Caring for Winter Aches & Pains

February 5, 2008 at 4:25 pm Leave a comment

If you have any kind of body aches and pains – from severe arthritis to that annoying stiffness when you get out of bed in the morning – chances are it feels a little worse in the winter. In Chinese medicine, pain is said to come from stagnation of qi in the channels: when things aren’t flowing smoothly, the blocked energy starts causing trouble.

In the winter, cold damp weather can invade the channels, causing obstruction and pain; and most of us are less active this time of year, which can add to the problem. The knees and lower back, associated with the Kidney system, are especially vulnerable in winter.

If you have body pain that affects your activities, sleep, or ability to concentrate, or makes you feel unhappy or tired, please consider getting it treated. Many of us tend to push through pain, compensate for it, and try not to complain. We may have been told there’s nothing that can be done, or we may consider it an inevitable part of aging. The truth is, pain is a serious quality of life issue, and it reflects complex happenings in the body that can always be worked with, at least to some degree.

Chinese medicine provides a different approach to pain management. A good treatment always takes the dual strategy of relieving the pain symptoms as quickly as possible, while also addressing the underlying patterns in the body that contribute to and reinforce the pain. (This is called treating the branches and the root.) Even when there are structural issues involved, the body can often be trained to function more smoothly around them.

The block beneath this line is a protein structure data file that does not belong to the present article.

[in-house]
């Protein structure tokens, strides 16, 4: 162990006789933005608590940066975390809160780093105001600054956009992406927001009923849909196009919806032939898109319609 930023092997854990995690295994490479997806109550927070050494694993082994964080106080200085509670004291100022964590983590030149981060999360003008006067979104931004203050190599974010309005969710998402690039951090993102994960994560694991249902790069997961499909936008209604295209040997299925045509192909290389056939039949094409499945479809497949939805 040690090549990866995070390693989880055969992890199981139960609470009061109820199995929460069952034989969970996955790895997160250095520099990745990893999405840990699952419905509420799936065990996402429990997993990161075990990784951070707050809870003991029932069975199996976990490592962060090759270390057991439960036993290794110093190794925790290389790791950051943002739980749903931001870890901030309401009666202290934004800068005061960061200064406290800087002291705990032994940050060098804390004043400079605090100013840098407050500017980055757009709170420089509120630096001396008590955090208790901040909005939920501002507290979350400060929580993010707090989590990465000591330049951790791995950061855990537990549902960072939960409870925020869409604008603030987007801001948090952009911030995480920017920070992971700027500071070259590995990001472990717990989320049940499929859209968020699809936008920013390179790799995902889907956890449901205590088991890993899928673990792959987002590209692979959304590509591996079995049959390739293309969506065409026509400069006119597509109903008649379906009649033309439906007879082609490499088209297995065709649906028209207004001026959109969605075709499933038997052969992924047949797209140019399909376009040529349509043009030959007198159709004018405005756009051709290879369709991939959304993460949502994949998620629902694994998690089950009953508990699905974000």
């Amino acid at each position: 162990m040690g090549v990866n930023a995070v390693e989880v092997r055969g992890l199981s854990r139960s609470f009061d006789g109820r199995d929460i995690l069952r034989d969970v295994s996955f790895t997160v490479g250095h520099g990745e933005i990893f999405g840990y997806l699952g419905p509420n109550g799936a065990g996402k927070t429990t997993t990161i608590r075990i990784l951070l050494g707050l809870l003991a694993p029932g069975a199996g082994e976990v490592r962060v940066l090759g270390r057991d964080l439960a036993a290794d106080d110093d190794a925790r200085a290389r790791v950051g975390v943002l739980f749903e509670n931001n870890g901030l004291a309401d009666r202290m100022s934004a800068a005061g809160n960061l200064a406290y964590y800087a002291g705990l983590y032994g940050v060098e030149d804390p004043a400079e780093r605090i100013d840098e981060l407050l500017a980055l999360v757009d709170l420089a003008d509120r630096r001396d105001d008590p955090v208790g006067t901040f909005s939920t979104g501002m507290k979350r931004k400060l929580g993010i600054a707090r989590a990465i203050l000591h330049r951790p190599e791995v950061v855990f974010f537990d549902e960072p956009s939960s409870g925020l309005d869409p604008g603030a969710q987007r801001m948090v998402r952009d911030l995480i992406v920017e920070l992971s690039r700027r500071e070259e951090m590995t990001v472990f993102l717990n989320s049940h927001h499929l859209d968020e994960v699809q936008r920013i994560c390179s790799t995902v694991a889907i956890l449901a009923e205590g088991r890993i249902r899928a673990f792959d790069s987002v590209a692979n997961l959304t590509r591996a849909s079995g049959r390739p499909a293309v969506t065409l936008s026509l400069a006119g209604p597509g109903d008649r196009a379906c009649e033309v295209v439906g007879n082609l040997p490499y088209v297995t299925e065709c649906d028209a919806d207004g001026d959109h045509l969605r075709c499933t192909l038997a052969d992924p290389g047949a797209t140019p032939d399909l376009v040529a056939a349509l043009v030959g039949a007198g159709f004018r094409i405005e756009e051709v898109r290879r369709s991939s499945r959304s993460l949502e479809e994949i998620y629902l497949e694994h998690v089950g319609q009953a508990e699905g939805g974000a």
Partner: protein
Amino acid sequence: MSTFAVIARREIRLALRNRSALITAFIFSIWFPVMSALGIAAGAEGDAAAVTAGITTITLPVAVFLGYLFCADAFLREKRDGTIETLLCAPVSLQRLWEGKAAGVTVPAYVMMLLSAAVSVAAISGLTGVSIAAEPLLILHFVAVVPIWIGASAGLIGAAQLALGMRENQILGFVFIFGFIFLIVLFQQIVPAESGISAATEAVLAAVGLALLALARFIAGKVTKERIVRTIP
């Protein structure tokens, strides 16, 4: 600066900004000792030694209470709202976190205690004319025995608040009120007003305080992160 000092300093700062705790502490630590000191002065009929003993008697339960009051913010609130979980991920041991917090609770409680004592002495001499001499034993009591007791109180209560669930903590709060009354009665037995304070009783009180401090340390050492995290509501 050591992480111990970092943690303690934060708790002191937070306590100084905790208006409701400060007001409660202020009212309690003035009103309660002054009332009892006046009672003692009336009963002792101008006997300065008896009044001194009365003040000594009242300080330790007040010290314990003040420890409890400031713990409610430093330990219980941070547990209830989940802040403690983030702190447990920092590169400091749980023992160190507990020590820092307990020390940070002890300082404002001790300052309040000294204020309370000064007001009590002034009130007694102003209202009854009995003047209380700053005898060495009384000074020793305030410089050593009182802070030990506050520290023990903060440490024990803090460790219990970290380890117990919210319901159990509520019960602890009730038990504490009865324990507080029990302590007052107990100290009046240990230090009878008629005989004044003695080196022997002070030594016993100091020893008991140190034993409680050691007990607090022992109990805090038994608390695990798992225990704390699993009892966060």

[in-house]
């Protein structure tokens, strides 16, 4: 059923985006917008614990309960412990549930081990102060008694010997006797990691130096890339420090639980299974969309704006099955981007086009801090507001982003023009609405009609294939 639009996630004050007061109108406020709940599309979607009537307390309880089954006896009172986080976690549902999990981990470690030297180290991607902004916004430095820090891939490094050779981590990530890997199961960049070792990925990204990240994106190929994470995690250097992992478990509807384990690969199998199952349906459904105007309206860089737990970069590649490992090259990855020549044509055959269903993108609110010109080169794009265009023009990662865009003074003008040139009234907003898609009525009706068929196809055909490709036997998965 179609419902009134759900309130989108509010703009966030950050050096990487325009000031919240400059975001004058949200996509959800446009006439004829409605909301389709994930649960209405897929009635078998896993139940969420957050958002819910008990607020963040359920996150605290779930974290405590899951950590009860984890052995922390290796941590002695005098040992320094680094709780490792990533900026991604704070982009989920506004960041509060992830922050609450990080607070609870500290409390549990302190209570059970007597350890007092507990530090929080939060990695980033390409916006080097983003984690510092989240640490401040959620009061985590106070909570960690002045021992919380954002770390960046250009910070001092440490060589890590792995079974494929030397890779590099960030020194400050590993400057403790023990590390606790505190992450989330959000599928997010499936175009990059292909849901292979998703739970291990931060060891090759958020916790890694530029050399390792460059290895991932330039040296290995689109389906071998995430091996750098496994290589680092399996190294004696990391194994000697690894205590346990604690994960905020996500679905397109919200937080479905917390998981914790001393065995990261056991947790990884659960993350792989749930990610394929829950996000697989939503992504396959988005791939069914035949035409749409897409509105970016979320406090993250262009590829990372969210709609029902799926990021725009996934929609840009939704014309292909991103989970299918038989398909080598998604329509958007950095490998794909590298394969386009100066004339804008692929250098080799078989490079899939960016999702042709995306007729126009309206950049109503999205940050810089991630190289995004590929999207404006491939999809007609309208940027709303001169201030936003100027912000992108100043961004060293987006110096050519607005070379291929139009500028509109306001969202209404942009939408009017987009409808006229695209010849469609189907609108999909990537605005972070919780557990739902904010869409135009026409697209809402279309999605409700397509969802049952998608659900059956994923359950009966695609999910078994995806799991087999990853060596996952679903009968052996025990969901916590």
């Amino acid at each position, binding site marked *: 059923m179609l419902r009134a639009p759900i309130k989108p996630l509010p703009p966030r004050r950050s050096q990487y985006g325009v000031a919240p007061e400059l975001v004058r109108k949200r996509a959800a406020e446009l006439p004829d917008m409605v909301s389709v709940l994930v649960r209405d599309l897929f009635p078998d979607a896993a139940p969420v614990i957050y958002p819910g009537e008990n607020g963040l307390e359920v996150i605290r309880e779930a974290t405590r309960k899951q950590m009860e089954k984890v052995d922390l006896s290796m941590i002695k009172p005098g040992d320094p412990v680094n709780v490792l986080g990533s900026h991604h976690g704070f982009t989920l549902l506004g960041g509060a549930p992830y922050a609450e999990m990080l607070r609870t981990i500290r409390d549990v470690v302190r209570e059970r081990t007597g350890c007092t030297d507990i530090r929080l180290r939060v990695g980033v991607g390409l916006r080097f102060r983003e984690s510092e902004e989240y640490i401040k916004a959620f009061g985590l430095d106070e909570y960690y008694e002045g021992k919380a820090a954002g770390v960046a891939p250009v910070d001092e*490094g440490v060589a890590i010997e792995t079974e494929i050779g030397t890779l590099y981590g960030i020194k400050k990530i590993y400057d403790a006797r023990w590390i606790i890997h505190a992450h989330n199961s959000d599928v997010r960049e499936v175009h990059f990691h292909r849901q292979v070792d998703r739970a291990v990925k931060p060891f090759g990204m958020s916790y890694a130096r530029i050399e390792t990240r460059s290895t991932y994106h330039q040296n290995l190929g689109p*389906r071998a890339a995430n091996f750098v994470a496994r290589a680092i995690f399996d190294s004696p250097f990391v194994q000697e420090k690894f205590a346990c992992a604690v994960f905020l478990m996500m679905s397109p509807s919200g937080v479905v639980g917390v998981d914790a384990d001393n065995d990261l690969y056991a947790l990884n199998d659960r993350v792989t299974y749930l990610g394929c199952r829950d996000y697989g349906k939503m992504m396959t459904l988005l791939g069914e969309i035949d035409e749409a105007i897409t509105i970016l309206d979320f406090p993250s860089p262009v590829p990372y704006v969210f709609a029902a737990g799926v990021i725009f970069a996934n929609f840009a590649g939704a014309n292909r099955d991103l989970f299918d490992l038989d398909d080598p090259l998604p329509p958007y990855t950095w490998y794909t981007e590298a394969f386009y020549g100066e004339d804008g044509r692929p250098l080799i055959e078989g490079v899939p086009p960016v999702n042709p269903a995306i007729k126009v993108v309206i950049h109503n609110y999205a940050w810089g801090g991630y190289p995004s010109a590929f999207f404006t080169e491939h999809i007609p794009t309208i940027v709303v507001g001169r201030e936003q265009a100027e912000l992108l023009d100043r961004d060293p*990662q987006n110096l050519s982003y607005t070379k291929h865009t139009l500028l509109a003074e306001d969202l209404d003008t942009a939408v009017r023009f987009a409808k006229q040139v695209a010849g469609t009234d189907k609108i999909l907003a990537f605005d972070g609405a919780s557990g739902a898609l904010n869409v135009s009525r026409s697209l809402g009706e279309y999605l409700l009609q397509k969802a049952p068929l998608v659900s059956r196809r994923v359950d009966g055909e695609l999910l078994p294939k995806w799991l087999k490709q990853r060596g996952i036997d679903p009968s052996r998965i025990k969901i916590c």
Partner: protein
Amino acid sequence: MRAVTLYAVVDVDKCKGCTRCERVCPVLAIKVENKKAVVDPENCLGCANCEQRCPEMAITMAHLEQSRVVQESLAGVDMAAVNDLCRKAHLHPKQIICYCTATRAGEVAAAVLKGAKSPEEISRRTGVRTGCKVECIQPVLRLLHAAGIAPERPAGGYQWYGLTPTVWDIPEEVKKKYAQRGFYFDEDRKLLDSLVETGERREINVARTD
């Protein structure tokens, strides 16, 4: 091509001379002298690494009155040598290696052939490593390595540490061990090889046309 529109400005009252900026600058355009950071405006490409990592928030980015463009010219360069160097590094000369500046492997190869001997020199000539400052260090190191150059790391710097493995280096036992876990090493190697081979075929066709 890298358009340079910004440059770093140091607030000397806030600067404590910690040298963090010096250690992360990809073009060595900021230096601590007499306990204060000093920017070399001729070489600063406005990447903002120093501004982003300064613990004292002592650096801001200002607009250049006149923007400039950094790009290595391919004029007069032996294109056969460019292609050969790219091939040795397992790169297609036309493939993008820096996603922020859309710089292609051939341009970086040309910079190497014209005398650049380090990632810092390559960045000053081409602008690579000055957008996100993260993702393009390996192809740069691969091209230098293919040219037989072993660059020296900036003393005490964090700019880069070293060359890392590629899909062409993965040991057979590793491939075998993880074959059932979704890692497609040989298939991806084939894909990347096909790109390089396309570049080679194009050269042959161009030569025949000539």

In addition to acupuncture, Chinese herbal medicines have been shown to be extremely effective for pain relief. For example, Corydalis (yan hu suo), an herb frequently used in pain formulations, has been shown to have 40% of the painkilling strength of morphine. Chinese herbal formulas are usually composed of 5-15 different ingredients. This allows your prescription to be individually tailored to your pain, its location and causes. Formulas are also balanced to be gentle on your body and prevent side effects.

Taking care of your own qi flow can also make a big difference in your pain level. The following are some simple things you can do to help yourself.

Self-Care for Body Pain

  1. Tai Chi and Yoga are ancient forms of exercise designed to gently balance and move energy in the body. Try tai chi classes in Brookline at, or in Somerville at If you’d like yoga recommendations, give me a call!
  2. Make sure you’re dressed warmly enough, indoors and outdoors. The subtle muscle tension that happens when we’re just a little too cold can shut down qi flow and add to pain and stiffness.
  3. Take a hot bath. I especially recommend a salt and soda bath, a simple and inexpensive recipe for a mineral soak. It’s relaxing, energizing, and extremely soothing to sore muscles and joints:
    Pour 1 cup of baking soda and 1 cup of salt into a warm bath.
    (If you’re breaking a sweat, it’s too hot), and soak for about 20 minutes.
  4. Eat warming, stimulating foods. Soup and tea are great for everyone. Warming spices and flavors tend to help energy flow: these include cinnamon, turmeric, garlic, any kind of pepper. If you tend to run hot, or have night sweats, skip the spicy stuff and go for peppermint and eggplant, which are both moving and cooling.
  5. Get a massage or acupuncture treatment.
  6. Do anything that makes you happy! Stress, depression, crankiness, etc. create qi stagnation. Laughter and love keep things moving. Taking care of your heart takes care of your body!

Entry filed under: Musculoskeletal. Tags: , , , , , , , , , , , , , , , , , , , , , , , , , , , , , , , , , , , , , , , , , , .

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